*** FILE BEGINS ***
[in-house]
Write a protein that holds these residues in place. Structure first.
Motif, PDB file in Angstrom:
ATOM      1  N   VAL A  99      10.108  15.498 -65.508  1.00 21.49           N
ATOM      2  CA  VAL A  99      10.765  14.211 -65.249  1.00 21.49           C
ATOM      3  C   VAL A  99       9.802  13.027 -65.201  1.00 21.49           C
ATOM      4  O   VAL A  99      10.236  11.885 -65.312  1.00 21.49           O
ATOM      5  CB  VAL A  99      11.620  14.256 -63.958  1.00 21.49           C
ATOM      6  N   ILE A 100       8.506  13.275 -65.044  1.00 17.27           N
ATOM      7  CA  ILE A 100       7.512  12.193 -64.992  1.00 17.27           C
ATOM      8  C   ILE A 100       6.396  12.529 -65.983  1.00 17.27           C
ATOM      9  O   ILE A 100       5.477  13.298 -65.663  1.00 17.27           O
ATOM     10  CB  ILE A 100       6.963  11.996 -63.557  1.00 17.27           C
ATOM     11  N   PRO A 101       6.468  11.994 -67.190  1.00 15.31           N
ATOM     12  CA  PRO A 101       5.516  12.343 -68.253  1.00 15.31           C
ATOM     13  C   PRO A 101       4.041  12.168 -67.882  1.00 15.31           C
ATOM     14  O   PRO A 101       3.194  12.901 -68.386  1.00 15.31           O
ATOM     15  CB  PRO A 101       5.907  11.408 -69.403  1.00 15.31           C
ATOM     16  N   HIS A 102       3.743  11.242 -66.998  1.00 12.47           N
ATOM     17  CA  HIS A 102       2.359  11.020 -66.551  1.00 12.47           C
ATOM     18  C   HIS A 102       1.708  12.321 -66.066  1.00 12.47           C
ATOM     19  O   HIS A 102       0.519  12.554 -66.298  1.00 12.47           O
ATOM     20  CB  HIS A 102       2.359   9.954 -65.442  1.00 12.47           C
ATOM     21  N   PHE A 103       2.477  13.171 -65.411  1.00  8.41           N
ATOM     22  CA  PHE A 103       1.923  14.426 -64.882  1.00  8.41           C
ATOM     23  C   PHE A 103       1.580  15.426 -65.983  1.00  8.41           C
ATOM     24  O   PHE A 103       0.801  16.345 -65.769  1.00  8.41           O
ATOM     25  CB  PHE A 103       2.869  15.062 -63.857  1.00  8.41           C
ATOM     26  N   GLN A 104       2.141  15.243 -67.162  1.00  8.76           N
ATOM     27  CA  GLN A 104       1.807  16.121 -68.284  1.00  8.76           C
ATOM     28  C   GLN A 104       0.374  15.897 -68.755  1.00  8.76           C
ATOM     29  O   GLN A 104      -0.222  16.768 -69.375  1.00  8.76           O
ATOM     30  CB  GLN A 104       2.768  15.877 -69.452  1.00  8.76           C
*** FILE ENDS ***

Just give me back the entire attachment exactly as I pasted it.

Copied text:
[in-house]
Write a protein that holds these residues in place. Structure first.
Motif, PDB file in Angstrom:
ATOM      1  N   VAL A  99      10.108  15.498 -65.508  1.00 21.49           N
ATOM      2  CA  VAL A  99      10.765  14.211 -65.249  1.00 21.49           C
ATOM      3  C   VAL A  99       9.802  13.027 -65.201  1.00 21.49           C
ATOM      4  O   VAL A  99      10.236  11.885 -65.312  1.00 21.49           O
ATOM      5  CB  VAL A  99      11.620  14.256 -63.958  1.00 21.49           C
ATOM      6  N   ILE A 100       8.506  13.275 -65.044  1.00 17.27           N
ATOM      7  CA  ILE A 100       7.512  12.193 -64.992  1.00 17.27           C
ATOM      8  C   ILE A 100       6.396  12.529 -65.983  1.00 17.27           C
ATOM      9  O   ILE A 100       5.477  13.298 -65.663  1.00 17.27           O
ATOM     10  CB  ILE A 100       6.963  11.996 -63.557  1.00 17.27           C
ATOM     11  N   PRO A 101       6.468  11.994 -67.190  1.00 15.31           N
ATOM     12  CA  PRO A 101       5.516  12.343 -68.253  1.00 15.31           C
ATOM     13  C   PRO A 101       4.041  12.168 -67.882  1.00 15.31           C
ATOM     14  O   PRO A 101       3.194  12.901 -68.386  1.00 15.31           O
ATOM     15  CB  PRO A 101       5.907  11.408 -69.403  1.00 15.31           C
ATOM     16  N   HIS A 102       3.743  11.242 -66.998  1.00 12.47           N
ATOM     17  CA  HIS A 102       2.359  11.020 -66.551  1.00 12.47           C
ATOM     18  C   HIS A 102       1.708  12.321 -66.066  1.00 12.47           C
ATOM     19  O   HIS A 102       0.519  12.554 -66.298  1.00 12.47           O
ATOM     20  CB  HIS A 102       2.359   9.954 -65.442  1.00 12.47           C
ATOM     21  N   PHE A 103       2.477  13.171 -65.411  1.00  8.41           N
ATOM     22  CA  PHE A 103       1.923  14.426 -64.882  1.00  8.41           C
ATOM     23  C   PHE A 103       1.580  15.426 -65.983  1.00  8.41           C
ATOM     24  O   PHE A 103       0.801  16.345 -65.769  1.00  8.41           O
ATOM     25  CB  PHE A 103       2.869  15.062 -63.857  1.00  8.41           C
ATOM     26  N   GLN A 104       2.141  15.243 -67.162  1.00  8.76           N
ATOM     27  CA  GLN A 104       1.807  16.121 -68.284  1.00  8.76           C
ATOM     28  C   GLN A 104       0.374  15.897 -68.755  1.00  8.76           C
ATOM     29  O   GLN A 104      -0.222  16.768 -69.375  1.00  8.76           O
ATOM     30  CB  GLN A 104       2.768  15.877 -69.452  1.00  8.76           C